Giraffes 'hum' to communicate at night

The Local/AFP
The Local/AFP - [email protected] • 24 Sep, 2015 Updated Thu 24 Sep 2015 08:46 CEST
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Lions roar, wolves howl and elephants trumpet. But what do giraffes do to communicate? They "hum", new research from Vienna University suggests - and only at night.

Unlike other similar species, giraffes were not thought to be strong vocal
communicators, producing nothing more profound that an occasional snort or grunt, possibly because of their long necks.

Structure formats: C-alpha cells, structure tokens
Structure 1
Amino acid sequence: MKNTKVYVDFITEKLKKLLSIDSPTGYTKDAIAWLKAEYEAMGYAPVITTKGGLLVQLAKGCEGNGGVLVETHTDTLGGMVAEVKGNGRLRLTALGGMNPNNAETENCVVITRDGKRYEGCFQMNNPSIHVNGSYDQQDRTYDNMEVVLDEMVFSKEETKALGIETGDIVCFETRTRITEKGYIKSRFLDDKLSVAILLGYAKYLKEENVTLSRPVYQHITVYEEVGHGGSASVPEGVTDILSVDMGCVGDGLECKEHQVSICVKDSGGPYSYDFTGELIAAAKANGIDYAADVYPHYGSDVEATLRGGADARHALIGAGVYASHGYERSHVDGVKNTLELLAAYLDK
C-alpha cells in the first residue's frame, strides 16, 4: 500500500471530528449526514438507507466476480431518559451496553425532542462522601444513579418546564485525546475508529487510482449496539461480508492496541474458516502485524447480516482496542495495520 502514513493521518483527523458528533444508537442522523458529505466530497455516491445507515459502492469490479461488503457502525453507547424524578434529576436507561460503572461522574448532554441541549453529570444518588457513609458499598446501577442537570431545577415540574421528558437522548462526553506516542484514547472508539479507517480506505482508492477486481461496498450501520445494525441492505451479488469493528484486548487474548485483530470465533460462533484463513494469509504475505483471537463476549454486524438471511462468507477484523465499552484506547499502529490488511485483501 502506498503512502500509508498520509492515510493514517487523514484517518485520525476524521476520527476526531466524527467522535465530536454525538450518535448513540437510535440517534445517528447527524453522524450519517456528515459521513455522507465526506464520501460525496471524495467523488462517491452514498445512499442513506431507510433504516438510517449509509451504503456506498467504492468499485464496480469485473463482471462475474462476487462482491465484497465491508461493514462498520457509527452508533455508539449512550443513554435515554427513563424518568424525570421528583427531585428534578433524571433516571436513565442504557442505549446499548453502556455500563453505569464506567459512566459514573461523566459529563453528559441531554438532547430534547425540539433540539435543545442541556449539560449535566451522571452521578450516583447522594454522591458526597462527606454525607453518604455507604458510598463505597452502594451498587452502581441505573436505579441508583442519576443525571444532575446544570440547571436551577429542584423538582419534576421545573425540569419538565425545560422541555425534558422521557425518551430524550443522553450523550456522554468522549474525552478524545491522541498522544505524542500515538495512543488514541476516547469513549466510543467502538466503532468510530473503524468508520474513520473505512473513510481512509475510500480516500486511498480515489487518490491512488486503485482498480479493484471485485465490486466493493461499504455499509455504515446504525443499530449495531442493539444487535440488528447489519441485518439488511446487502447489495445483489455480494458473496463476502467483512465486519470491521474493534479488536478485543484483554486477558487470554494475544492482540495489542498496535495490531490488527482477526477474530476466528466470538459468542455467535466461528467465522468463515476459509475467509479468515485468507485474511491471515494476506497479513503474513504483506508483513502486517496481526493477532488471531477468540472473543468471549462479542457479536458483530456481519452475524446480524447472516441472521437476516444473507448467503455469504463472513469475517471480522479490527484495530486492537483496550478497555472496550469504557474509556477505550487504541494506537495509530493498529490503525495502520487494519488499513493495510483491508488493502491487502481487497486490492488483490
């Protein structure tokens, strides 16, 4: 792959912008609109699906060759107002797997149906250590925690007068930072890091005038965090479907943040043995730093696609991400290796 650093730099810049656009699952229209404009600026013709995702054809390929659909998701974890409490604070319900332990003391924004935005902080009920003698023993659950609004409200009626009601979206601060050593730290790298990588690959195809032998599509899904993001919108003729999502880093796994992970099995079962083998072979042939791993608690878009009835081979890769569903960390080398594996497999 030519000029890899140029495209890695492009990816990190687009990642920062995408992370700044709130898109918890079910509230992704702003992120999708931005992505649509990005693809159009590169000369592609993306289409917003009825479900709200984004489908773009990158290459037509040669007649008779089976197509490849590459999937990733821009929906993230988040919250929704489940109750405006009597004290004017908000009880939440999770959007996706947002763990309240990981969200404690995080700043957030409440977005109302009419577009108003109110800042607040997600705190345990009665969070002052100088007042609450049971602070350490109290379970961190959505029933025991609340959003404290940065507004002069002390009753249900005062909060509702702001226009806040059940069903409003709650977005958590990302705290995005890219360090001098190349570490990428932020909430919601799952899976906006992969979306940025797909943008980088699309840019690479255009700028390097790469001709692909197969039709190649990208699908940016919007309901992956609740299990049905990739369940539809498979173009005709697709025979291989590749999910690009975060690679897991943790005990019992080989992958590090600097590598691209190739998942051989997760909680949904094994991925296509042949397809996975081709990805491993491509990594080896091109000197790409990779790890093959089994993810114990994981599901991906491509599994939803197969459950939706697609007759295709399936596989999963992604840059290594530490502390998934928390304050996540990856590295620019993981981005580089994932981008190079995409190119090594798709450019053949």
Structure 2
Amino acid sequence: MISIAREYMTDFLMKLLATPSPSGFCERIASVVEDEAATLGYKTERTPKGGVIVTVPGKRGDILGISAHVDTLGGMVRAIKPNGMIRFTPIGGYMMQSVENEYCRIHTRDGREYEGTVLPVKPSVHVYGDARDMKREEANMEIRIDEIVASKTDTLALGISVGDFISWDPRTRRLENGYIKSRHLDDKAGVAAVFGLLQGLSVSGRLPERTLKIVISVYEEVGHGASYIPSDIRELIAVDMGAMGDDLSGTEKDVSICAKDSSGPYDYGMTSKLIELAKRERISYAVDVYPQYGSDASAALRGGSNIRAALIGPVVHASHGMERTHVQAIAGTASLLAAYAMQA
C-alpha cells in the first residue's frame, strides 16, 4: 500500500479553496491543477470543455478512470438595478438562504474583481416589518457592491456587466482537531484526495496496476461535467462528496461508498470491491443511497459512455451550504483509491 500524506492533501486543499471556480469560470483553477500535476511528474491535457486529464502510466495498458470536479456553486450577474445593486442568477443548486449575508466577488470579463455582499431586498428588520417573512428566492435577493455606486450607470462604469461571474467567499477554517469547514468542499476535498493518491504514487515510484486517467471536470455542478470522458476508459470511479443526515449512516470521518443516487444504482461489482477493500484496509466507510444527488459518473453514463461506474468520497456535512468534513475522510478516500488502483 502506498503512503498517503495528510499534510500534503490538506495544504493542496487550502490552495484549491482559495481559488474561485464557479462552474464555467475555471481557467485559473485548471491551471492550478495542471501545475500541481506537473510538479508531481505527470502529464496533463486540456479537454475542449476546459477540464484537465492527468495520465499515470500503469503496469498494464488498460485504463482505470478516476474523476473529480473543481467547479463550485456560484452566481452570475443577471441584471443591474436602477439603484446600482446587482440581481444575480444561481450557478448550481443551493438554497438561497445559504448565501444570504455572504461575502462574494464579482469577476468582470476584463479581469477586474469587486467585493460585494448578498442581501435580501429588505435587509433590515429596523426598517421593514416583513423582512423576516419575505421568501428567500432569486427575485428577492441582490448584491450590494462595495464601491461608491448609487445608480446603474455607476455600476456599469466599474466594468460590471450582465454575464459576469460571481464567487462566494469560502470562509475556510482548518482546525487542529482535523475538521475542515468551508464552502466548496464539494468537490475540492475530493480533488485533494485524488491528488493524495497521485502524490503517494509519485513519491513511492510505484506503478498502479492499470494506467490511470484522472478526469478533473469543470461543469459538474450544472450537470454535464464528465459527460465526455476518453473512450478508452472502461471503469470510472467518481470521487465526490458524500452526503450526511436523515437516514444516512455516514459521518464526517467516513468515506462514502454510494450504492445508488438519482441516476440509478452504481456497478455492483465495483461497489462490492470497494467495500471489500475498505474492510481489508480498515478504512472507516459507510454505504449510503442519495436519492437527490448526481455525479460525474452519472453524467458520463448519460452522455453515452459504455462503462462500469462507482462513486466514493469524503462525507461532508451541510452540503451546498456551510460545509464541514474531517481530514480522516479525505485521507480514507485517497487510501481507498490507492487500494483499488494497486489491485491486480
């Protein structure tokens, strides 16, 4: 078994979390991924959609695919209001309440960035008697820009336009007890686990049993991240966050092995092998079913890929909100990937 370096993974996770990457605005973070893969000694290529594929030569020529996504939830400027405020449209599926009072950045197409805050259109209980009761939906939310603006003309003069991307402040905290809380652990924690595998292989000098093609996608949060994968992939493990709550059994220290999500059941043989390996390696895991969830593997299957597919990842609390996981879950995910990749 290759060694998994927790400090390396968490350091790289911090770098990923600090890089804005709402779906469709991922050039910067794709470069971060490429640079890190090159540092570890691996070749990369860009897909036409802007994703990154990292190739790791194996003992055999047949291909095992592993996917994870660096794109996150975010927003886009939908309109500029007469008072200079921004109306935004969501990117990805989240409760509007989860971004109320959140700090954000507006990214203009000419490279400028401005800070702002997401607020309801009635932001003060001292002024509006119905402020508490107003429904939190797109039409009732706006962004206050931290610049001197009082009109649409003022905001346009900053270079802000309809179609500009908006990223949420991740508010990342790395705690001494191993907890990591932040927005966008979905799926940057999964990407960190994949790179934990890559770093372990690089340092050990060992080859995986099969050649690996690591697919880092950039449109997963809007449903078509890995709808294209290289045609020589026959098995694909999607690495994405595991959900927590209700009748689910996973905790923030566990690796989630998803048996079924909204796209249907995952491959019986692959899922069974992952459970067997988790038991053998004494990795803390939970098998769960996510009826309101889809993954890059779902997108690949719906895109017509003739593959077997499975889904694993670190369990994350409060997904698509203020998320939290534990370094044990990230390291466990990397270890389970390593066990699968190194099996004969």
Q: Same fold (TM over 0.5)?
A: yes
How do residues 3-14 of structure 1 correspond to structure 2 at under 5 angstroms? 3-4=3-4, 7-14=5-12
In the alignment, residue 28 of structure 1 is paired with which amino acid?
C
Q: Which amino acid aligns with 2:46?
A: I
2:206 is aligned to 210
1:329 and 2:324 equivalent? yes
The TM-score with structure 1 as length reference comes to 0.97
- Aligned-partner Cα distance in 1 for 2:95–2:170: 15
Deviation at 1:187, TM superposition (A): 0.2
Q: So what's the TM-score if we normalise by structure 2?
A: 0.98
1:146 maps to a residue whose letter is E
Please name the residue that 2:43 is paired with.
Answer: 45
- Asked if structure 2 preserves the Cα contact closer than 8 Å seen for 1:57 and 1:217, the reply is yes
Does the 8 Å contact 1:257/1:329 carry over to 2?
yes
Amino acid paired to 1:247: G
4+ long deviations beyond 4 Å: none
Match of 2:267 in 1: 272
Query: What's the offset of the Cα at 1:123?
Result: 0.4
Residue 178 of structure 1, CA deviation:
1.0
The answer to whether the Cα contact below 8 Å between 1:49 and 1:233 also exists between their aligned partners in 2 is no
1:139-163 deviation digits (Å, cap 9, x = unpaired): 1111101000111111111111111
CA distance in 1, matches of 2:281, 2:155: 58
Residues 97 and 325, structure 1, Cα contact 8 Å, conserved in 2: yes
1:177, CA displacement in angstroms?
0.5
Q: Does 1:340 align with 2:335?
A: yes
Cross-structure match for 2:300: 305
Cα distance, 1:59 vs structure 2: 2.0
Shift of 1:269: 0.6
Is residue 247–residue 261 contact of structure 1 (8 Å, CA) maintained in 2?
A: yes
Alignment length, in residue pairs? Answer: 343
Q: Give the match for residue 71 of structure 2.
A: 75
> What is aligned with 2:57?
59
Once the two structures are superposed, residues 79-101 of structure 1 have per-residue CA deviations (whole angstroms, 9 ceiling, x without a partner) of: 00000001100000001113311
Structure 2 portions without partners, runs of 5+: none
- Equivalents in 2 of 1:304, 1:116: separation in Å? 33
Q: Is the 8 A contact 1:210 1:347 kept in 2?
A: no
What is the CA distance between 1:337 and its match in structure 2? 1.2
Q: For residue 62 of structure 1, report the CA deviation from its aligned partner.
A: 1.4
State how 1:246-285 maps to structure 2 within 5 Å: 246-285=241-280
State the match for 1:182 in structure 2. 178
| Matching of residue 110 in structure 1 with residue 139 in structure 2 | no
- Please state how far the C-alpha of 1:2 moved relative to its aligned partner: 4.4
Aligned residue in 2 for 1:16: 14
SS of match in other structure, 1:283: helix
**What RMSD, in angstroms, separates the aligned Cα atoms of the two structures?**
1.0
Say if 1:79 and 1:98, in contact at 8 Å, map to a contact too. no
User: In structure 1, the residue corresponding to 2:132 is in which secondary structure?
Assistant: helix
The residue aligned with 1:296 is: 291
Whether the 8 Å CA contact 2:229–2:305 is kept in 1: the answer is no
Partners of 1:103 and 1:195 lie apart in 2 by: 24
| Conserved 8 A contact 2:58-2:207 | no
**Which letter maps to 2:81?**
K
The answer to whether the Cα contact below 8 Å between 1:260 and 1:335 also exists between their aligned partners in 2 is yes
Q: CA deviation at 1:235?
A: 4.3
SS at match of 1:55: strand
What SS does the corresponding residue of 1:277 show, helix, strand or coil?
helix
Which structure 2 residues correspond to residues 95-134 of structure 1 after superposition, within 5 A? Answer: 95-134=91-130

But scientists led by Angela Stoeger at Vienna University made 947 hours of recordings at three European zoos and found instances of a kind of a humming sound with a "rich harmonic structure".

Almost all of the humming occurred at night, with even zookeepers saying they have never heard such noises before, the findings published in scientific journal BioMedCentral showed.

Further research is needed, but the findings suggested that the "hum" might help members of a giraffe herd stay in touch when they can no longer see each other.

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The Local/AFP 2015/09/24 08:46

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